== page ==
The historical roots of the Frankfurt Trade Fair date back to 1240 when Emperor Frederick II granted the city the trade fair privilege. This makes it the oldest fair in the world.
The oldest fairs were the Autumn Fair (1240), the Spring Fair (1330) and the Book Fair (1485).
Today, the Frankfurt Fair is the third largest in the world.
The fairgrounds in western Frankfurt are located in the districts of Bockenheim and Westend.
It has direct motorway access (A 648) and parking spaces at the Rebstock site.
It can be reached by public transport via the Festhalle/Messe underground and tram stops and the Messe S-Bahn station.
The short distances benefit some 42,000 exhibitors and around 2.6 million visitors who flock to the 32 trade fairs and 16 flagship exhibitions each year.
Some of the world's largest and most important trade fairs, such as the International Book Fair, the biennial International Motor Show (IAA), the Music Fair and the Ambiente spring trade fair are based here.
On around 578,000 m² of floor space, the exhibition grounds currently offer nine exhibition halls with 320,000 m² of exhibition space and 96,000 m² of outdoor exhibition space, a central logistics centre and an adjoining congress centre.
The oldest building on the exhibition grounds is the Festhalle, built in 1909. Affectionately called "Gudd Stubb" by the people of Frankfurt.
The cantilevered steel and glass dome structure, over 40 metres high, was completed in 18 months to a design by Munich architect Friedrich von Thiersch.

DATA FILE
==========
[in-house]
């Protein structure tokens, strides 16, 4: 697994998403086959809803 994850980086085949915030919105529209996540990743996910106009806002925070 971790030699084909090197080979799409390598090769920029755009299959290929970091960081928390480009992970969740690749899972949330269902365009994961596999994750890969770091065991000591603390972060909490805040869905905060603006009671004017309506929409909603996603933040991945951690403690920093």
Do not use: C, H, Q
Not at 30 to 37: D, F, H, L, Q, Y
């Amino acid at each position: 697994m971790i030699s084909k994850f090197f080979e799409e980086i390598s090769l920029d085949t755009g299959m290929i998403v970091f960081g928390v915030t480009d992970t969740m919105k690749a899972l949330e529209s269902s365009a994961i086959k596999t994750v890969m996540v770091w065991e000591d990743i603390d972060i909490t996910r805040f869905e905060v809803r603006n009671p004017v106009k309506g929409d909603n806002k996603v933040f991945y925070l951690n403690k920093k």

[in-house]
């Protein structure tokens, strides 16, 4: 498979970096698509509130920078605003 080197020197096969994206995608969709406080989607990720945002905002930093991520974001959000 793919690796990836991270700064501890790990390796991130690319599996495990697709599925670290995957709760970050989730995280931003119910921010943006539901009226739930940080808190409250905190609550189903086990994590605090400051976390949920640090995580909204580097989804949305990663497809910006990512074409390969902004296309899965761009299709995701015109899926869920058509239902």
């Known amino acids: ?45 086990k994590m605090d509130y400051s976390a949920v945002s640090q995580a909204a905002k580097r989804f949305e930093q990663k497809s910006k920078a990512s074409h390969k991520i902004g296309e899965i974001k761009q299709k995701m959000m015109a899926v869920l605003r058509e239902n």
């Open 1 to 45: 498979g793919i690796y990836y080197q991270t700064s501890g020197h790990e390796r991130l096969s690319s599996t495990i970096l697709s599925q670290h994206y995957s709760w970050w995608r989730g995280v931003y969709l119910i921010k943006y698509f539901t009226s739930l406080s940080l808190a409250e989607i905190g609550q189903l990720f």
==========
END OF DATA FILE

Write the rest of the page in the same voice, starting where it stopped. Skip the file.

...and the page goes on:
At the time it was built, the Festhalle was the largest domed structure in Europe.
After World War II, the Festhalle, badly damaged by a major fire and air raids, was rebuilt and reopened for the Spring Fair in March 1950.
In addition to trade fairs such as the Book Fair and the IAA, six-day races (1951 to 1983), equestrian tournaments, the ATP World Tennis Championships (1992 and 1995) and, since 1970, musical events have attracted crowds to the hall.
Even today, the Festhalle is a popular venue for concerts by prominent artists and sporting events, such as the running-in of the Frankfurt Marathon. Of course, it is also used for trade fairs.
From 2004 to 2007, the Festhalle was restored in keeping with its status as a historic monument. Just in time for the 100th birthday on 28.06.2009 the "Gudd Stubb" shines in new splendour.
In the 1980s, the fairgrounds essentially took on their present form. The postmodern buildings of the Galleria and the Torhaus (148 m) were built.
A landmark of the Main metropolis and an architectural jewel is the 256.5-metre-high Messeturm, built in the Art Deco architectural style (construction period: 1988-1991).
The shape of the Messeturm, designed by architect Helmut Jahn, is reminiscent of a pencil.
From 1991 to 1996, it was the tallest skyscraper in Europe. And for the people of Frankfurt, it remains the most beautiful.
In front of the Messeturm is the moving 23-meter-high, 32-ton artwork "Hammering Man" by US artist Jonathan Borofsky.
It depicts the moving silhouette of a worker hammering an object with a hammer and is considered a symbol of labor.
The 1990s saw the construction of other buildings such as the New Forum (4500 m² area) and the Congress Center, which opened in 1996 with 15,000 m² event space.
In 2009, the construction of the new exhibition hall 11 with attached entrance building was completed.
Messe Frankfurt GmbH is present as a "Globel Player" in more than 150 countries and generates sales of around 424 million euros (2007) with more than 1400 employees.
It has 29 subsidiaries, five branch offices and 48 international sales partners.
For information on which trade fairs will be held in Frankfurt in the coming months, see our trade fair calendar
Messe Frankfurt GmbH, Ludwig-Erhard-Anlage 1, 60327 Frankfurt am Main
Phone: +49 69 7575-0 - Fax: +49 69 7575-6433
The Messe Frankfurt on the Internet.